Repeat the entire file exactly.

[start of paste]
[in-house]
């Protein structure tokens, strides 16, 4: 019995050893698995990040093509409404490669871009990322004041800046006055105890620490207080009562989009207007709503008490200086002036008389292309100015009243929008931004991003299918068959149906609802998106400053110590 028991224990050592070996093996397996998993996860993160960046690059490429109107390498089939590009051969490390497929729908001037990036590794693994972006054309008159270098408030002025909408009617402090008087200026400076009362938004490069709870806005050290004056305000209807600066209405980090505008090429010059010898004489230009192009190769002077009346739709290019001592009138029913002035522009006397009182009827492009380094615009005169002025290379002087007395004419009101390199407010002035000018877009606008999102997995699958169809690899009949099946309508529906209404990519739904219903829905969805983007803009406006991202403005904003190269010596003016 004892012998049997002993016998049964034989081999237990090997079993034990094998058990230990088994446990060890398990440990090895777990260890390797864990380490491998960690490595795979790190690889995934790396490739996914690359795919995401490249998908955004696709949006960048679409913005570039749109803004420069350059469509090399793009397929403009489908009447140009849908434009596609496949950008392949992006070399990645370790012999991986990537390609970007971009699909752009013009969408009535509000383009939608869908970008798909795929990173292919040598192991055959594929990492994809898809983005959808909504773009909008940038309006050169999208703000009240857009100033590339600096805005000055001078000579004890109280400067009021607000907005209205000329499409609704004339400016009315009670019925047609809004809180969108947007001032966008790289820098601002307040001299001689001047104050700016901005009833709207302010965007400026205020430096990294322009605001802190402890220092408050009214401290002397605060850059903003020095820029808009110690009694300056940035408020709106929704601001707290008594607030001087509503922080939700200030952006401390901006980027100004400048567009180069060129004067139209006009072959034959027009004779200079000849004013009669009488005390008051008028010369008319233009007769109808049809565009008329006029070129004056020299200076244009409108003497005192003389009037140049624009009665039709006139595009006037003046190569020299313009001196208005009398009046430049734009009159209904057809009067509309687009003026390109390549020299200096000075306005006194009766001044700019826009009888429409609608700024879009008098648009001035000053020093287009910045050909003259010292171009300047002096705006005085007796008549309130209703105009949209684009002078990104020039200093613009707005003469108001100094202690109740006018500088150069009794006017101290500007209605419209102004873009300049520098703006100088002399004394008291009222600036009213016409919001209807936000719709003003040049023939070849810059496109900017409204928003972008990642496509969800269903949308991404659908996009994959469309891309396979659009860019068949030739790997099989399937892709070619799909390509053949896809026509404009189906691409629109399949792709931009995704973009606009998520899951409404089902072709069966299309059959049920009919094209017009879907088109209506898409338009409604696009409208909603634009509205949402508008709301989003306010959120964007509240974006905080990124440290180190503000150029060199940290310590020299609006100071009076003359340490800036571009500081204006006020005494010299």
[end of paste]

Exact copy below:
[in-house]
């Protein structure tokens, strides 16, 4: 019995050893698995990040093509409404490669871009990322004041800046006055105890620490207080009562989009207007709503008490200086002036008389292309100015009243929008931004991003299918068959149906609802998106400053110590 028991224990050592070996093996397996998993996860993160960046690059490429109107390498089939590009051969490390497929729908001037990036590794693994972006054309008159270098408030002025909408009617402090008087200026400076009362938004490069709870806005050290004056305000209807600066209405980090505008090429010059010898004489230009192009190769002077009346739709290019001592009138029913002035522009006397009182009827492009380094615009005169002025290379002087007395004419009101390199407010002035000018877009606008999102997995699958169809690899009949099946309508529906209404990519739904219903829905969805983007803009406006991202403005904003190269010596003016 004892012998049997002993016998049964034989081999237990090997079993034990094998058990230990088994446990060890398990440990090895777990260890390797864990380490491998960690490595795979790190690889995934790396490739996914690359795919995401490249998908955004696709949006960048679409913005570039749109803004420069350059469509090399793009397929403009489908009447140009849908434009596609496949950008392949992006070399990645370790012999991986990537390609970007971009699909752009013009969408009535509000383009939608869908970008798909795929990173292919040598192991055959594929990492994809898809983005959808909504773009909008940038309006050169999208703000009240857009100033590339600096805005000055001078000579004890109280400067009021607000907005209205000329499409609704004339400016009315009670019925047609809004809180969108947007001032966008790289820098601002307040001299001689001047104050700016901005009833709207302010965007400026205020430096990294322009605001802190402890220092408050009214401290002397605060850059903003020095820029808009110690009694300056940035408020709106929704601001707290008594607030001087509503922080939700200030952006401390901006980027100004400048567009180069060129004067139209006009072959034959027009004779200079000849004013009669009488005390008051008028010369008319233009007769109808049809565009008329006029070129004056020299200076244009409108003497005192003389009037140049624009009665039709006139595009006037003046190569020299313009001196208005009398009046430049734009009159209904057809009067509309687009003026390109390549020299200096000075306005006194009766001044700019826009009888429409609608700024879009008098648009001035000053020093287009910045050909003259010292171009300047002096705006005085007796008549309130209703105009949209684009002078990104020039200093613009707005003469108001100094202690109740006018500088150069009794006017101290500007209605419209102004873009300049520098703006100088002399004394008291009222600036009213016409919001209807936000719709003003040049023939070849810059496109900017409204928003972008990642496509969800269903949308991404659908996009994959469309891309396979659009860019068949030739790997099989399937892709070619799909390509053949896809026509404009189906691409629109399949792709931009995704973009606009998520899951409404089902072709069966299309059959049920009919094209017009879907088109209506898409338009409604696009409208909603634009509205949402508008709301989003306010959120964007509240974006905080990124440290180190503000150029060199940290310590020299609006100071009076003359340490800036571009500081204006006020005494010299």